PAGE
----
SlotForum banner
1 - 19 of 19 Posts

·
Registered
Joined
·
1,087 Posts
Discussion Starter · #1 ·
I recently dug my Fly Pedro Rodriguez Gulf Porsche 917 from 1970 Brands Hatch in its plastic box out from deep storage as I wanted to check the colour for the Mirage M2 I was finishing. The 917 is a lovely model and I couldn't resist a few laps of the track with it. As I suspected, it proved to be slow and squeaky with all the mounting screws tight and, probably, all the oil dried out, so it definitely needs some work. Worse though
ohmy.png
, Pedro is relying on his mystic powers to influence the steering, with both hands well off the steering wheel, while his helmet is wedged against the roof so he can't possible see out of the windscreen. Maybe that's how he drove the still-difficult full-size car so stunningly fast on that soaking wet day in early 1970 which I remember so well!

The question is: should I live with all this and keep the model in 'as it left the factory' condition, or should I follow my inclination and modify it? Advice welcome.

(No promises I'll follow any advice offered, though!)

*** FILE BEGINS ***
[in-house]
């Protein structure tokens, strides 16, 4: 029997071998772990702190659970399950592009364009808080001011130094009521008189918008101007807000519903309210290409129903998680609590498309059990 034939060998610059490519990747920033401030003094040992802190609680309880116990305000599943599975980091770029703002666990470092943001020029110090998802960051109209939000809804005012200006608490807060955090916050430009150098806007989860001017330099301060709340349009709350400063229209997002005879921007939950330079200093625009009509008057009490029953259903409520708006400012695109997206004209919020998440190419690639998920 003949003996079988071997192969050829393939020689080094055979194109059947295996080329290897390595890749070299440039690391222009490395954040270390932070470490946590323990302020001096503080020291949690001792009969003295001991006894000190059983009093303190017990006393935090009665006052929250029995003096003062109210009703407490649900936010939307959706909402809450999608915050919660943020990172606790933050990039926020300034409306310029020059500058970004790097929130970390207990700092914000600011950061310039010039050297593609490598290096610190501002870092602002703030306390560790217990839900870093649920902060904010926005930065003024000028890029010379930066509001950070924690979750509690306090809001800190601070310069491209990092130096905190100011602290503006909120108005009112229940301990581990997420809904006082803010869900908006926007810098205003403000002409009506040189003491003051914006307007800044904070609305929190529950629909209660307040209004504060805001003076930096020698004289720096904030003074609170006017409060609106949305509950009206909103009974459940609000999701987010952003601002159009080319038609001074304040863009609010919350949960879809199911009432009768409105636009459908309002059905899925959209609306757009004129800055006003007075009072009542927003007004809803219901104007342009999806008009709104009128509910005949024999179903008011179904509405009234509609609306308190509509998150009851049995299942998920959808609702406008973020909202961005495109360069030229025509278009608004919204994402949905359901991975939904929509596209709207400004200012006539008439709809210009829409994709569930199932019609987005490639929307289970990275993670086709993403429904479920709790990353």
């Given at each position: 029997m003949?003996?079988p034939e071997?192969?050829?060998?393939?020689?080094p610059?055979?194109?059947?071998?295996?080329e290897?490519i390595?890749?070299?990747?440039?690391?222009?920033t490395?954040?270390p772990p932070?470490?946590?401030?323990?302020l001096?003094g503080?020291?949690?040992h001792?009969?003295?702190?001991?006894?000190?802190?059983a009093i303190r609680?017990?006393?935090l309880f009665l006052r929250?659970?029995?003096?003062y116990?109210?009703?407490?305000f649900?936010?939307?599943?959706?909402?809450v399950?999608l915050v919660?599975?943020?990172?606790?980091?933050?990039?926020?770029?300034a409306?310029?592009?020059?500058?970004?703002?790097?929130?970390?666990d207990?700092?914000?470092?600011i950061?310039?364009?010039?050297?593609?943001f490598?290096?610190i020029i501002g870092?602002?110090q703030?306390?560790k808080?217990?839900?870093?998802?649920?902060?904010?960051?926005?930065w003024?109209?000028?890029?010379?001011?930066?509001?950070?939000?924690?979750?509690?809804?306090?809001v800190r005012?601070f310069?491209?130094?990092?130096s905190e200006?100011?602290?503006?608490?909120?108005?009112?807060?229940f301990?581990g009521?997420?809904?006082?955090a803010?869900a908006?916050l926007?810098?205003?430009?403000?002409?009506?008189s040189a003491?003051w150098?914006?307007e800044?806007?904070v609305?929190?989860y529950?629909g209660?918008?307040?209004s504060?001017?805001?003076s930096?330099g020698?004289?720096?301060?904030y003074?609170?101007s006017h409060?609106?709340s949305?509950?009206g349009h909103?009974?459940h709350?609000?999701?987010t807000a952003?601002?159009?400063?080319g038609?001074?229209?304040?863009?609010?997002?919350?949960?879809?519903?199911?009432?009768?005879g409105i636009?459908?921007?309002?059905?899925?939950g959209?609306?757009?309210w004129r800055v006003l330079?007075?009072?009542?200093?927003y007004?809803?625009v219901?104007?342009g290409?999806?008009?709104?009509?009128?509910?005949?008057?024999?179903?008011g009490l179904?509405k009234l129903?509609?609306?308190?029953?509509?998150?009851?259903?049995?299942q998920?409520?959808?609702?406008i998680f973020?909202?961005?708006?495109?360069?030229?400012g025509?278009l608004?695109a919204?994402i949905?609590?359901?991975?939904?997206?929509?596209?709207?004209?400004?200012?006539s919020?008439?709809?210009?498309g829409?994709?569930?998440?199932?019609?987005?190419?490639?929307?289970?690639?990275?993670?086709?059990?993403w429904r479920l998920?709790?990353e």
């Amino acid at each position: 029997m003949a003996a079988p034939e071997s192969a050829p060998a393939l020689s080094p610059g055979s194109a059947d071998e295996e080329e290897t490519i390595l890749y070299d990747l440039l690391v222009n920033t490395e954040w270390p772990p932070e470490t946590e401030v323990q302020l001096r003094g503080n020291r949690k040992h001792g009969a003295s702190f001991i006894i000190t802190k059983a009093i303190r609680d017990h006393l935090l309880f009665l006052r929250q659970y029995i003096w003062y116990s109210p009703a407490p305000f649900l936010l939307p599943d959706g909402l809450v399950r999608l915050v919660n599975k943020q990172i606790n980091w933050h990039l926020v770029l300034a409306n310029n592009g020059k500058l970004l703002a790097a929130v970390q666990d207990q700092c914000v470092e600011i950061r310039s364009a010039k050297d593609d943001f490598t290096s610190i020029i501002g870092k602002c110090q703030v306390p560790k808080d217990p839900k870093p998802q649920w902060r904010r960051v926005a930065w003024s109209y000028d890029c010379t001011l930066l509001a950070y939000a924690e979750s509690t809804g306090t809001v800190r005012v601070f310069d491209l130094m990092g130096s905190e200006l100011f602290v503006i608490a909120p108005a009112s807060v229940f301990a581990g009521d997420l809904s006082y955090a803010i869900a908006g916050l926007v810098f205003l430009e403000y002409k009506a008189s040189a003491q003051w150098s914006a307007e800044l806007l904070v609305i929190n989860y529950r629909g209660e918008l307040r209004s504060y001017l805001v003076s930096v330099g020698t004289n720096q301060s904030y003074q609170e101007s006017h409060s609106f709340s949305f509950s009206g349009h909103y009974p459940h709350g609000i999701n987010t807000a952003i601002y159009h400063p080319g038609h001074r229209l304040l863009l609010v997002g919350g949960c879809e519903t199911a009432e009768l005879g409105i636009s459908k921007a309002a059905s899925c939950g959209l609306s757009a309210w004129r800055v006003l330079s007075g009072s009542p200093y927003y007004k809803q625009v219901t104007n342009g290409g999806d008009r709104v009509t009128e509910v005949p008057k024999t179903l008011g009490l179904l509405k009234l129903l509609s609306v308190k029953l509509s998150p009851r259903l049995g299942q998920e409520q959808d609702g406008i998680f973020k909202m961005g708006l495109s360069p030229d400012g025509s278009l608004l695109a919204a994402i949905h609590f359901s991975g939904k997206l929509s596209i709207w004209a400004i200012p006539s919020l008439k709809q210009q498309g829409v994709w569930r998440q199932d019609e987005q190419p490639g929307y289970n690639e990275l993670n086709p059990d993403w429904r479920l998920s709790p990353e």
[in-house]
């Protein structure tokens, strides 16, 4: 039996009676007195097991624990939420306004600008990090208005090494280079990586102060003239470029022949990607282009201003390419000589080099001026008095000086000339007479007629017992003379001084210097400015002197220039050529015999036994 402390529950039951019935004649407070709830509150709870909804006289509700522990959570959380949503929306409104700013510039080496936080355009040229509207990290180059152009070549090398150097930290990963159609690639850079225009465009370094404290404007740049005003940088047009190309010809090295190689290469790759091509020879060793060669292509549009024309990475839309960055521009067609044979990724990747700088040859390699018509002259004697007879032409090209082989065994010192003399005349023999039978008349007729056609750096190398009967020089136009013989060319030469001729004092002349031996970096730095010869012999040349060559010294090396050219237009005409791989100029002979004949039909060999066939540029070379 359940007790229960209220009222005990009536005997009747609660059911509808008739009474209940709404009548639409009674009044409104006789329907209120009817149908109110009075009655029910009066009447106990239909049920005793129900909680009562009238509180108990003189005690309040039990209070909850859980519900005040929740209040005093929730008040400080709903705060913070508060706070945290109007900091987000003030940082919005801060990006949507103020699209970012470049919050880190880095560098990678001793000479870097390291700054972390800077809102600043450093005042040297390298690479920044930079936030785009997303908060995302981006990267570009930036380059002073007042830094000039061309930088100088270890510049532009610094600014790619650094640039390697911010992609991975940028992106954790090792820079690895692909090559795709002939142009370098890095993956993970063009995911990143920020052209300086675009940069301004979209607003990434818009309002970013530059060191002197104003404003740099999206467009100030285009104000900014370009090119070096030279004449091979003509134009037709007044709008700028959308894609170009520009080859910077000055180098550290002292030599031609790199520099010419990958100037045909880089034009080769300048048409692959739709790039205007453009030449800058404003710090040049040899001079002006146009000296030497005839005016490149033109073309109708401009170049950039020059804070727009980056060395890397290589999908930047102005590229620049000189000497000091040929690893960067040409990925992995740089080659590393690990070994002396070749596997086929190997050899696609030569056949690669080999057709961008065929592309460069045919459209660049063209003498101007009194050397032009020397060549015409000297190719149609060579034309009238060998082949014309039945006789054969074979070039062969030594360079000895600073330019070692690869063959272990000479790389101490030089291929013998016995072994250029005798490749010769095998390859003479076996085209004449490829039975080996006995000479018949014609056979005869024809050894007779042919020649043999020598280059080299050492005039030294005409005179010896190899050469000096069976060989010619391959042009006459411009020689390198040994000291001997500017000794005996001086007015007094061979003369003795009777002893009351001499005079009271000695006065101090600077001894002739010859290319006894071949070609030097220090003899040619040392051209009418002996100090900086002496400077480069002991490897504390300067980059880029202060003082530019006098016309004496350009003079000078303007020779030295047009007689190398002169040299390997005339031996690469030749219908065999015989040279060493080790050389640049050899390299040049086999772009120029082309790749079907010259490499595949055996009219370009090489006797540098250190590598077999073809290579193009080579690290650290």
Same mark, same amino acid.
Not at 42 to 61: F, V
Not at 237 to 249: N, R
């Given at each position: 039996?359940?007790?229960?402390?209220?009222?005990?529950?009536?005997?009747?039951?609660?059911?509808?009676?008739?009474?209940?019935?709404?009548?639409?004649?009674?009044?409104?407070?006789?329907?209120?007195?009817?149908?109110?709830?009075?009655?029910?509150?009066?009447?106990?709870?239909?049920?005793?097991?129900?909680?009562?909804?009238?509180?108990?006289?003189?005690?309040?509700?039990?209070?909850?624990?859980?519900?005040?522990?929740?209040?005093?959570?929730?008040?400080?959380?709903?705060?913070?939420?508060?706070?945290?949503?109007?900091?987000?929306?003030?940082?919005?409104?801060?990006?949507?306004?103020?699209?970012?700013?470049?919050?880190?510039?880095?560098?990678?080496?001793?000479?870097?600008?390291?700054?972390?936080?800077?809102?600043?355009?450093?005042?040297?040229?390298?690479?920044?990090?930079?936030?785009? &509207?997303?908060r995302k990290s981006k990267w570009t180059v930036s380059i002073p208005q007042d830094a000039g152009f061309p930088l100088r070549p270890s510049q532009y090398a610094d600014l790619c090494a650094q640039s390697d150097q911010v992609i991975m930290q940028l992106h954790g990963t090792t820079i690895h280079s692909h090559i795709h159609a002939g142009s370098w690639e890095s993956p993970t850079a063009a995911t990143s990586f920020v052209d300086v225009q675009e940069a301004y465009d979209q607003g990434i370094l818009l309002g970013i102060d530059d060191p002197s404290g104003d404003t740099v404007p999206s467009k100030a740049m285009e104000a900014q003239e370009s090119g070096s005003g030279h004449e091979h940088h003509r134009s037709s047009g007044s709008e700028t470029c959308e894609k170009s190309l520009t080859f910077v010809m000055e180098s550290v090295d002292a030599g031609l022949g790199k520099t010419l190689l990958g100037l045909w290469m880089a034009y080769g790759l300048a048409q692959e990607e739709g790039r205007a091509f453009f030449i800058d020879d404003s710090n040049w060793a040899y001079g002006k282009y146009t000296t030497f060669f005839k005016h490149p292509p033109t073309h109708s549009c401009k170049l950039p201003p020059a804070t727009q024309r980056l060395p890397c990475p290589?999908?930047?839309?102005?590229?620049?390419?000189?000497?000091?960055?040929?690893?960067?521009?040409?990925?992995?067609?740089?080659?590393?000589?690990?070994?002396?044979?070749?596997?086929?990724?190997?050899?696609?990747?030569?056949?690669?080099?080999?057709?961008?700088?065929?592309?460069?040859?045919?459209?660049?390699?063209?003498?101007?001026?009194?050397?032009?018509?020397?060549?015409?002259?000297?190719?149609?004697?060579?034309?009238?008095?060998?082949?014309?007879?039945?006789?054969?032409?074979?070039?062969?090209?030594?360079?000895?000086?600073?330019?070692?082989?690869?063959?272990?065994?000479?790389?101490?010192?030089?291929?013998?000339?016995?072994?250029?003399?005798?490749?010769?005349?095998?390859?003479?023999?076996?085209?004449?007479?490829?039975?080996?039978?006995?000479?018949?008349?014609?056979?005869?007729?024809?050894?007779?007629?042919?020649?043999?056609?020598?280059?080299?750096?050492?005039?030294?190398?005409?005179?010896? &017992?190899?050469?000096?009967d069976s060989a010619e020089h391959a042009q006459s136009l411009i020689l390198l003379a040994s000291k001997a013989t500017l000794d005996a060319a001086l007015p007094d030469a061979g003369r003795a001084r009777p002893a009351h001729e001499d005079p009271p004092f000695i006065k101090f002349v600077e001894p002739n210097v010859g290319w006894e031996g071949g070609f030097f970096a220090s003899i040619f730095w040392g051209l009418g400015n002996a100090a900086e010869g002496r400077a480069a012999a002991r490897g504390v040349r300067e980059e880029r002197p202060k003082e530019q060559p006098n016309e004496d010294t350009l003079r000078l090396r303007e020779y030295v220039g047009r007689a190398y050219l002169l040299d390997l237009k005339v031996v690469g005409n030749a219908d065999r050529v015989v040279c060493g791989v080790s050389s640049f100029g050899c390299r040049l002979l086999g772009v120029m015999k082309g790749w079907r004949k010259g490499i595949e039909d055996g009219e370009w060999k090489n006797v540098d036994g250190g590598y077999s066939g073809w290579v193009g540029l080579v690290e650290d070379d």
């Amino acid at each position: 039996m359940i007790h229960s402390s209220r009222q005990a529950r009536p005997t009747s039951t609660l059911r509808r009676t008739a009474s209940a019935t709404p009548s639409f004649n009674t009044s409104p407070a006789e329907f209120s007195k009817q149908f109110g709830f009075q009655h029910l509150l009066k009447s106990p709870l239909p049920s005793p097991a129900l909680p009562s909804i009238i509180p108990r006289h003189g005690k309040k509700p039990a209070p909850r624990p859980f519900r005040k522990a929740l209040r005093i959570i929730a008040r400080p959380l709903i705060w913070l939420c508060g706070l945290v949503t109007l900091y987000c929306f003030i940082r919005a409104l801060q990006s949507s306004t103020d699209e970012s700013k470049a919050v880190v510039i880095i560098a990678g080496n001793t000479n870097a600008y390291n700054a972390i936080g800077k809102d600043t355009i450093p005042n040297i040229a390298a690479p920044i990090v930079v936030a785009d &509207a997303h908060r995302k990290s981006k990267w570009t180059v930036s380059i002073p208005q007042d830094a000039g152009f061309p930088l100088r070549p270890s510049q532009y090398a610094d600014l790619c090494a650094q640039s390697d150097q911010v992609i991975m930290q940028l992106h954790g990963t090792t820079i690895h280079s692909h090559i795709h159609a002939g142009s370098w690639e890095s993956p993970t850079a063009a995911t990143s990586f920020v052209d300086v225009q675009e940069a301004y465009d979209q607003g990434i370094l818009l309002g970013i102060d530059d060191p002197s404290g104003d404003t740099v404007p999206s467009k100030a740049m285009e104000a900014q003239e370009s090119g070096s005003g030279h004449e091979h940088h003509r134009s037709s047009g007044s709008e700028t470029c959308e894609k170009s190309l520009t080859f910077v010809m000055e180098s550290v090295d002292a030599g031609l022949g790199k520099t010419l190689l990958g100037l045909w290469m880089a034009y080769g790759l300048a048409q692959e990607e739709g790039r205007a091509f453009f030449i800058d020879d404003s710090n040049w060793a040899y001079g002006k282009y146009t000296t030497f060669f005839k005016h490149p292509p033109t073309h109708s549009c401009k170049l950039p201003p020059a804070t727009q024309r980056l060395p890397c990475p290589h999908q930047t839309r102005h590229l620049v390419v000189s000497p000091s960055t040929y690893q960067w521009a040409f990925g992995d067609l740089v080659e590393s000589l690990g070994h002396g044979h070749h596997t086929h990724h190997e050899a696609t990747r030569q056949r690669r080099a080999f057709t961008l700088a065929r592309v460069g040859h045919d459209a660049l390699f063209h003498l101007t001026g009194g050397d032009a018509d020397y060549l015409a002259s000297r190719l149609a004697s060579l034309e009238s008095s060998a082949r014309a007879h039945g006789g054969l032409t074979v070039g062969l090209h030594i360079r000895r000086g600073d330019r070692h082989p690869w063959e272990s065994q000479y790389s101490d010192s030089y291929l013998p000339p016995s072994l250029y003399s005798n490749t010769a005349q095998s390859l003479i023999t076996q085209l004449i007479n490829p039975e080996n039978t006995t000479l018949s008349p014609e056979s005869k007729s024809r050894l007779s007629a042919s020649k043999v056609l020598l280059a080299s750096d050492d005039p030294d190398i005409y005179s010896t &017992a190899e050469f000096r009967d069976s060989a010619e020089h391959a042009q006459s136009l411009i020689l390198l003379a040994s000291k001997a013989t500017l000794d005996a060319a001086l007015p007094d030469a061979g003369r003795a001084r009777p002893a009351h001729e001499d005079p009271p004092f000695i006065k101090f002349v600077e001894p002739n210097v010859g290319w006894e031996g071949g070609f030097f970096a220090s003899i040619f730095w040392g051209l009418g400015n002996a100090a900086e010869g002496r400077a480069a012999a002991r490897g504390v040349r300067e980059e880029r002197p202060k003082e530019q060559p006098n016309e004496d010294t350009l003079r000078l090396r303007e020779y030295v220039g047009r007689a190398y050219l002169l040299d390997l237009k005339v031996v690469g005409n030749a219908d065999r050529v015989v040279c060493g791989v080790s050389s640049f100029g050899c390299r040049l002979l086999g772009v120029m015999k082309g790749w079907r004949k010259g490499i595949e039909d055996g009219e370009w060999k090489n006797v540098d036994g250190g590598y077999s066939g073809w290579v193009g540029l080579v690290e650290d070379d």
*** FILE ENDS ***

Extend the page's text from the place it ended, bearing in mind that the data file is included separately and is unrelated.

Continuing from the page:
Mike
 

Attachments

·
Registered
Joined
·
7,380 Posts
Mike

An almost agonising decision, and a situation I've been in with many cars. Solution is to have two cars; one for modifying and racing, and the other for admiring in a cabinet.

Better still, build your own 917 as a minter. Use it for a few laps from time to time, and then return it to its hideaway to be looked at.

I've got a number of 917s still in their boxes. Pointless, frankly.
 

·
Registered
Joined
·
7,380 Posts
Two Fly Gulf 917s. The first one has been modified, extensively raced and frequently crashed. The second is also modified with Slot It running gear and a 25k motor, but has hardly been out of its box, which is something of a waste as it runs beautifully.

Plenty more from whence these came, too.
 

Attachments

·
Greg Gaub
Joined
·
14,791 Posts
Fly? Shelf Queen, unless you need/want it for a race that must be Fly. The only time a buy a Fly any more other than to look at is when my club runs a series that requires cars to be Fly... which is pretty rare any more.